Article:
Impossible function stacks


#1

So, I’ve been thinking lately about function stacks and the 16 types and the idea of ‘impossible’ function stacks.

What I’m getting at is that, if we accept that the 16 types are it, then other conceivable arrangements of functions do not exist in nature, and are impossible, and so I’m wondering why that is.

A better way to phrase the question ‘why only 16 types’ would be, why are other conceivable function stacks impossible/non-existent in nature? Is there something about the nature of the functions that makes certain ordered combinations of them impossible? Like clearly we can rule out function stacks which look something like this:

Dominant: (Ni)
Auxiliary: (Fi)
Tertiary: (Ne)
Inferior: (Fe)

This would be like the function stack of an elemental being…

But as to why we would rule out something like this seems less clear:

Dominant: (Ni)
Auxiliary: (Se)
Tertiary: (Fi)
Inferior: (Te)

I kind of get why this doesn’t work just from the perspective having never met a person who looks like this, but I guess I don’t necessarily grasp the ‘why’ from a perspective of how functions can or cannot work in different combinations. It’s probably because all this stuff is still relatively new to me, so that’s kinda why I’m putting the question out there.

I know also that Jung’s original ‘rules’ for how functions work with each other are not the same as MBTI, though I’m not exactly clear on the fullness of the differences. And I know that Socionics is also different, but I’m not well-versed on it. But still, they both have a defined set of types determined by a limited number of combinations of functions, so the question still applies. If there’s different reasons for each, I’m interested in what the reasons are.

or, if you prefer to challenge the assumption that some function stacks are impossible then can you tell me how you think a system which incorporated a broader set of function stacks would work, and how many are we talking about? We’re getting into the territory of why elegance matters here, as was referenced in the article recently posted by @Stewart, so this is all sort of like asking…why is nature elegant? so yeah, not necessarily a question with an definite answer…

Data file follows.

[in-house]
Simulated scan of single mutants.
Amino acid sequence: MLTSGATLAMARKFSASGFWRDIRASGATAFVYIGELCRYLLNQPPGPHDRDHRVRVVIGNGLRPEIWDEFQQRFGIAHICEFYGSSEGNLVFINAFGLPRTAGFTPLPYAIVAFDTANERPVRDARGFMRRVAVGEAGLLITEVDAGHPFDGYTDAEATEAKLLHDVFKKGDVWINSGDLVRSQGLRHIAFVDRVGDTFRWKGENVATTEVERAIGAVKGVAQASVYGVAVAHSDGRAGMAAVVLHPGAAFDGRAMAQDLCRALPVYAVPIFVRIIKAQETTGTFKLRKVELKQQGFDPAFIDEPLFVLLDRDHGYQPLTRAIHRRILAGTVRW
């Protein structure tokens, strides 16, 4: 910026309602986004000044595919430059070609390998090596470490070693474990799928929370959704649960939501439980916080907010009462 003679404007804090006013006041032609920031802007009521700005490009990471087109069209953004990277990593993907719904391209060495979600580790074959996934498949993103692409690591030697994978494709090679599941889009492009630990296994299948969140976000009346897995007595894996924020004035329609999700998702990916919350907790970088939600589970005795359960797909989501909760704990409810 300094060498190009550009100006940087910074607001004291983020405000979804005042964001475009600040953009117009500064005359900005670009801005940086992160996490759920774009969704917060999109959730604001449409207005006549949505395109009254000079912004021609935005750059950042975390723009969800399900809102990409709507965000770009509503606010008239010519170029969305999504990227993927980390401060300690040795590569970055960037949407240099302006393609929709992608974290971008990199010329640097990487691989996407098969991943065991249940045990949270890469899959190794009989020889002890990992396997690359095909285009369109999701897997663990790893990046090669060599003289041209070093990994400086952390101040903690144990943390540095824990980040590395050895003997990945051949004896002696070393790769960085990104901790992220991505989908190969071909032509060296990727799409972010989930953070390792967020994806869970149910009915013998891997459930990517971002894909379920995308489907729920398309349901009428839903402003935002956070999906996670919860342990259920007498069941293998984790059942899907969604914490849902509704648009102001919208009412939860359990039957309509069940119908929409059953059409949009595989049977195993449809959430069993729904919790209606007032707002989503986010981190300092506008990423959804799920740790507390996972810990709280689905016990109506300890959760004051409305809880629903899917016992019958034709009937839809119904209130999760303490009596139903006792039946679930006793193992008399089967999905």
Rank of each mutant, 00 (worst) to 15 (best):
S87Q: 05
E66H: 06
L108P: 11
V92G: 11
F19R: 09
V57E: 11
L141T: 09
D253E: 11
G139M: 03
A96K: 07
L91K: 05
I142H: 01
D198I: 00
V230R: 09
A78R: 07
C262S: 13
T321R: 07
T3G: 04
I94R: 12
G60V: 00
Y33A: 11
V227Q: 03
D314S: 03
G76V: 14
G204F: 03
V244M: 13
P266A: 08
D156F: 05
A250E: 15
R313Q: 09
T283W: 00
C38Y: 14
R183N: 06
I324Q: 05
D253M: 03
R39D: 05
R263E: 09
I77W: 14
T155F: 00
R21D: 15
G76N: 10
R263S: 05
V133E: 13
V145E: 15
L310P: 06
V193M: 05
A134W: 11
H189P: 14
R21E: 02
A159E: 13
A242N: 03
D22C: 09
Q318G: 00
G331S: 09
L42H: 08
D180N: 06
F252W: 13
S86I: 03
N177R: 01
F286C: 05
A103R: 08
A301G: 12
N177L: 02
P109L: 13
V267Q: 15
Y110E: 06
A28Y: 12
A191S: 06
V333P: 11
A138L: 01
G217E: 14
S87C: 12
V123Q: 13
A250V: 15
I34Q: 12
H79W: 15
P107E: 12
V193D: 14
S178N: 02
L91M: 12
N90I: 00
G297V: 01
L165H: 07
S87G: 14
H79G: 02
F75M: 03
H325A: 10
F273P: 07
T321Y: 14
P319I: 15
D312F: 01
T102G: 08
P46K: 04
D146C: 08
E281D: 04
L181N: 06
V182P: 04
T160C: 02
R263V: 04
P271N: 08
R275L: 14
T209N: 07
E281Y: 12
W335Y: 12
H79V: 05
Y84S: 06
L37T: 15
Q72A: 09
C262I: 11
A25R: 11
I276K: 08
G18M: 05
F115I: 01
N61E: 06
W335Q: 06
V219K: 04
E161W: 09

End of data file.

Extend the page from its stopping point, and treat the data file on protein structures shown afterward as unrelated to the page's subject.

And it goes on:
I’m not looking for a definitive answer, as much as just wanting to see what others think about this. I can totally accept that only 16 types exist without having a logical explanation for why, but I still find the question interesting.

What do y’all think? Anyone else ever think about this or am I alone in this wilderness?


#3

Inferior is always inverse of dominant, because it’s assumed this would be least developed. So Te/Fi, Ne/Si, Ti/Fe- if you know dominant function, then you know the inferior too because it always follows this pattern. In Jung’s original system if the dominant function was extroverted auxiliary, tertiary, and inferior were all thought to be introverted, and vice versa. Not sure why it was revised to be every other one as far as introverted/extroverted. On function tests I’ve scored high on both Ni and Ne, but makes sense that just the one used more is in the stack.


#4

ok, yeah, now that I think about it it’s simpler than I thought, it’s really just the combination of the rule that Dom and Inf. functions are inversely related along with the rule that you can’t have a dom. and aux function both being extroverted or both being introverted, (and the rule that you have to have some form of each of F, T, N, S present in the top 4). Those rules determine the limits of possible types. Thanks!

I guess you could still ask why those three rules must be true, but I dunno, it makes pretty clear sense to me why they have to be true.

But yeah the question of why the ‘rules’ are different between Jung, MBTI, and Socionics, and what the consequences of the differences are still stands.


#5

Right, once you understand the rules you can know the whole function stack from type code, but I don’t fully understand why or differences in other systems myself.